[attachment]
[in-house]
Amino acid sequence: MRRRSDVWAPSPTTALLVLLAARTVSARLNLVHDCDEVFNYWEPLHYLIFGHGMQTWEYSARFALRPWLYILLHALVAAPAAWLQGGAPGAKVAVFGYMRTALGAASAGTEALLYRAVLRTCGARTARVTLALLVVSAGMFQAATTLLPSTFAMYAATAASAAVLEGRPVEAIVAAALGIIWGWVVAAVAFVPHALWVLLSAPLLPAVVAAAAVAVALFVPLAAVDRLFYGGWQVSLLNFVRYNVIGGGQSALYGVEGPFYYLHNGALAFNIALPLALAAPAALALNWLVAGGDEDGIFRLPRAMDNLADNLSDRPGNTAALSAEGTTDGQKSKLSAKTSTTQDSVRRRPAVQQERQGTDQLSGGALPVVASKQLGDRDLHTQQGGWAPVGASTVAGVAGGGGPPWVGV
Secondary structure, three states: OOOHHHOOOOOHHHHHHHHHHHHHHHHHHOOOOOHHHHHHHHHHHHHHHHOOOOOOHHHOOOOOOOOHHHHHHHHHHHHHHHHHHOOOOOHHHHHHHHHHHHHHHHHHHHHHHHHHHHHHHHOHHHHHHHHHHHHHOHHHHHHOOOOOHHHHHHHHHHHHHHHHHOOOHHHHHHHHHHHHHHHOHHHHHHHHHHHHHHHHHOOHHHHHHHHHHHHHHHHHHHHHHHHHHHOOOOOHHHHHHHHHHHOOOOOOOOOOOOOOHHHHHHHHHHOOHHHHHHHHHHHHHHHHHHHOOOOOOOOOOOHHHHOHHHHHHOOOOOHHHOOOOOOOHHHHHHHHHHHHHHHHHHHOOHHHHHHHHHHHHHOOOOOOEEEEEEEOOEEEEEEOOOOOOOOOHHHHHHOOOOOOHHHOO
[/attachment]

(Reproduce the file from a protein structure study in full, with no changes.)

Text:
[in-house]
Amino acid sequence: MRRRSDVWAPSPTTALLVLLAARTVSARLNLVHDCDEVFNYWEPLHYLIFGHGMQTWEYSARFALRPWLYILLHALVAAPAAWLQGGAPGAKVAVFGYMRTALGAASAGTEALLYRAVLRTCGARTARVTLALLVVSAGMFQAATTLLPSTFAMYAATAASAAVLEGRPVEAIVAAALGIIWGWVVAAVAFVPHALWVLLSAPLLPAVVAAAAVAVALFVPLAAVDRLFYGGWQVSLLNFVRYNVIGGGQSALYGVEGPFYYLHNGALAFNIALPLALAAPAALALNWLVAGGDEDGIFRLPRAMDNLADNLSDRPGNTAALSAEGTTDGQKSKLSAKTSTTQDSVRRRPAVQQERQGTDQLSGGALPVVASKQLGDRDLHTQQGGWAPVGASTVAGVAGGGGPPWVGV
Secondary structure, three states: OOOHHHOOOOOHHHHHHHHHHHHHHHHHHOOOOOHHHHHHHHHHHHHHHHOOOOOOHHHOOOOOOOOHHHHHHHHHHHHHHHHHHOOOOOHHHHHHHHHHHHHHHHHHHHHHHHHHHHHHHHOHHHHHHHHHHHHHOHHHHHHOOOOOHHHHHHHHHHHHHHHHHOOOHHHHHHHHHHHHHHHOHHHHHHHHHHHHHHHHHOOHHHHHHHHHHHHHHHHHHHHHHHHHHHOOOOOHHHHHHHHHHHOOOOOOOOOOOOOOHHHHHHHHHHOOHHHHHHHHHHHHHHHHHHHOOOOOOOOOOOHHHHOHHHHHHOOOOOHHHOOOOOOOHHHHHHHHHHHHHHHHHHHOOHHHHHHHHHHHHHOOOOOOEEEEEEEOOEEEEEEOOOOOOOOOHHHHHHOOOOOOHHHOO